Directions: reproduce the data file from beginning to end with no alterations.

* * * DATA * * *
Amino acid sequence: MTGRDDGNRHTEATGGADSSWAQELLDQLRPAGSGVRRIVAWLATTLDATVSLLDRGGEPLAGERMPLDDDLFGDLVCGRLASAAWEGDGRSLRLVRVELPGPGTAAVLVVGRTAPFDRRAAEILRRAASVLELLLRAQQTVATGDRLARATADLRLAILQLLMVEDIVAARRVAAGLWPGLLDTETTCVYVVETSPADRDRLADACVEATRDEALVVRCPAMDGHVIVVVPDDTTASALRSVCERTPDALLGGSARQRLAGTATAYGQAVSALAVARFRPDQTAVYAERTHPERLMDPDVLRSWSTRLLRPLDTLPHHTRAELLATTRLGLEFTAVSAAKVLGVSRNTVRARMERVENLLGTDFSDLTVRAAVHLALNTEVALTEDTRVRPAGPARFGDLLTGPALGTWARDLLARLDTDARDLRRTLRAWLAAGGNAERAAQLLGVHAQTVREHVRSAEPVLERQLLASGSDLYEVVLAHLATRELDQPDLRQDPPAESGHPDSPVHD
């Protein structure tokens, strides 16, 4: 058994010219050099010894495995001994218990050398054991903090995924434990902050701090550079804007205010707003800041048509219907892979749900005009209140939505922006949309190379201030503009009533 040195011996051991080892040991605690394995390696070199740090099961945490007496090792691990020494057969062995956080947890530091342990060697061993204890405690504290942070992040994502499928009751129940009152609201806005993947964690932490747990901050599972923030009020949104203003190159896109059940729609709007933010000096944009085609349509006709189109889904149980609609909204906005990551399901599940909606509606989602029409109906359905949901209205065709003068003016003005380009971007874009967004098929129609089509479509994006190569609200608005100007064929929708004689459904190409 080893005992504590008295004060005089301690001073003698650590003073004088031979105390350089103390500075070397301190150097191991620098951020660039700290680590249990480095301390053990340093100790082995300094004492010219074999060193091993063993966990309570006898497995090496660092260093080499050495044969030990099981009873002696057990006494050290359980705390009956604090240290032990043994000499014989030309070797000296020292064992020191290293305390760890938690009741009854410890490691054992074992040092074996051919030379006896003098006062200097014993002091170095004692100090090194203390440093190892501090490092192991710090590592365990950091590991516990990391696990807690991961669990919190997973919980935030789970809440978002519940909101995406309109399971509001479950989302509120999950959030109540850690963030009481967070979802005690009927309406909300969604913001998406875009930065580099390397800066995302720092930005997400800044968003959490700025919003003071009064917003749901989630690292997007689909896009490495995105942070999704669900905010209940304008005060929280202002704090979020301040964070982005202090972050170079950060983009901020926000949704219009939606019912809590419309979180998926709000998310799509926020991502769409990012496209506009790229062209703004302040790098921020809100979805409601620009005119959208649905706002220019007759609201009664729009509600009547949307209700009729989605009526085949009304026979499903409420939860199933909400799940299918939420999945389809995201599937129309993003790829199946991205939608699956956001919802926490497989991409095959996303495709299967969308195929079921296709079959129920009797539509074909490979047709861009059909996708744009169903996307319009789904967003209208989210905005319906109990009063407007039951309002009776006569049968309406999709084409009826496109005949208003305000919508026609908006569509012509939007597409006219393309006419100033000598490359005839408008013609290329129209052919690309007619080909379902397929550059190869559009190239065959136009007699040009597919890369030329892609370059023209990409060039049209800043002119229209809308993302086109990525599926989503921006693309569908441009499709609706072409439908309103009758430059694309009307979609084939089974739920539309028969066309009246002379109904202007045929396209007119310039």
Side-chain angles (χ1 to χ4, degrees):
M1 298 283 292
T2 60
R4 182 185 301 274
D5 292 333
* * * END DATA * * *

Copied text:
Amino acid sequence: MTGRDDGNRHTEATGGADSSWAQELLDQLRPAGSGVRRIVAWLATTLDATVSLLDRGGEPLAGERMPLDDDLFGDLVCGRLASAAWEGDGRSLRLVRVELPGPGTAAVLVVGRTAPFDRRAAEILRRAASVLELLLRAQQTVATGDRLARATADLRLAILQLLMVEDIVAARRVAAGLWPGLLDTETTCVYVVETSPADRDRLADACVEATRDEALVVRCPAMDGHVIVVVPDDTTASALRSVCERTPDALLGGSARQRLAGTATAYGQAVSALAVARFRPDQTAVYAERTHPERLMDPDVLRSWSTRLLRPLDTLPHHTRAELLATTRLGLEFTAVSAAKVLGVSRNTVRARMERVENLLGTDFSDLTVRAAVHLALNTEVALTEDTRVRPAGPARFGDLLTGPALGTWARDLLARLDTDARDLRRTLRAWLAAGGNAERAAQLLGVHAQTVREHVRSAEPVLERQLLASGSDLYEVVLAHLATRELDQPDLRQDPPAESGHPDSPVHD
């Protein structure tokens, strides 16, 4: 058994010219050099010894495995001994218990050398054991903090995924434990902050701090550079804007205010707003800041048509219907892979749900005009209140939505922006949309190379201030503009009533 040195011996051991080892040991605690394995390696070199740090099961945490007496090792691990020494057969062995956080947890530091342990060697061993204890405690504290942070992040994502499928009751129940009152609201806005993947964690932490747990901050599972923030009020949104203003190159896109059940729609709007933010000096944009085609349509006709189109889904149980609609909204906005990551399901599940909606509606989602029409109906359905949901209205065709003068003016003005380009971007874009967004098929129609089509479509994006190569609200608005100007064929929708004689459904190409 080893005992504590008295004060005089301690001073003698650590003073004088031979105390350089103390500075070397301190150097191991620098951020660039700290680590249990480095301390053990340093100790082995300094004492010219074999060193091993063993966990309570006898497995090496660092260093080499050495044969030990099981009873002696057990006494050290359980705390009956604090240290032990043994000499014989030309070797000296020292064992020191290293305390760890938690009741009854410890490691054992074992040092074996051919030379006896003098006062200097014993002091170095004692100090090194203390440093190892501090490092192991710090590592365990950091590991516990990391696990807690991961669990919190997973919980935030789970809440978002519940909101995406309109399971509001479950989302509120999950959030109540850690963030009481967070979802005690009927309406909300969604913001998406875009930065580099390397800066995302720092930005997400800044968003959490700025919003003071009064917003749901989630690292997007689909896009490495995105942070999704669900905010209940304008005060929280202002704090979020301040964070982005202090972050170079950060983009901020926000949704219009939606019912809590419309979180998926709000998310799509926020991502769409990012496209506009790229062209703004302040790098921020809100979805409601620009005119959208649905706002220019007759609201009664729009509600009547949307209700009729989605009526085949009304026979499903409420939860199933909400799940299918939420999945389809995201599937129309993003790829199946991205939608699956956001919802926490497989991409095959996303495709299967969308195929079921296709079959129920009797539509074909490979047709861009059909996708744009169903996307319009789904967003209208989210905005319906109990009063407007039951309002009776006569049968309406999709084409009826496109005949208003305000919508026609908006569509012509939007597409006219393309006419100033000598490359005839408008013609290329129209052919690309007619080909379902397929550059190869559009190239065959136009007699040009597919890369030329892609370059023209990409060039049209800043002119229209809308993302086109990525599926989503921006693309569908441009499709609706072409439908309103009758430059694309009307979609084939089974739920539309028969066309009246002379109904202007045929396209007119310039």
Side-chain angles (χ1 to χ4, degrees):
M1 298 283 292
T2 60
R4 182 185 301 274
D5 292 333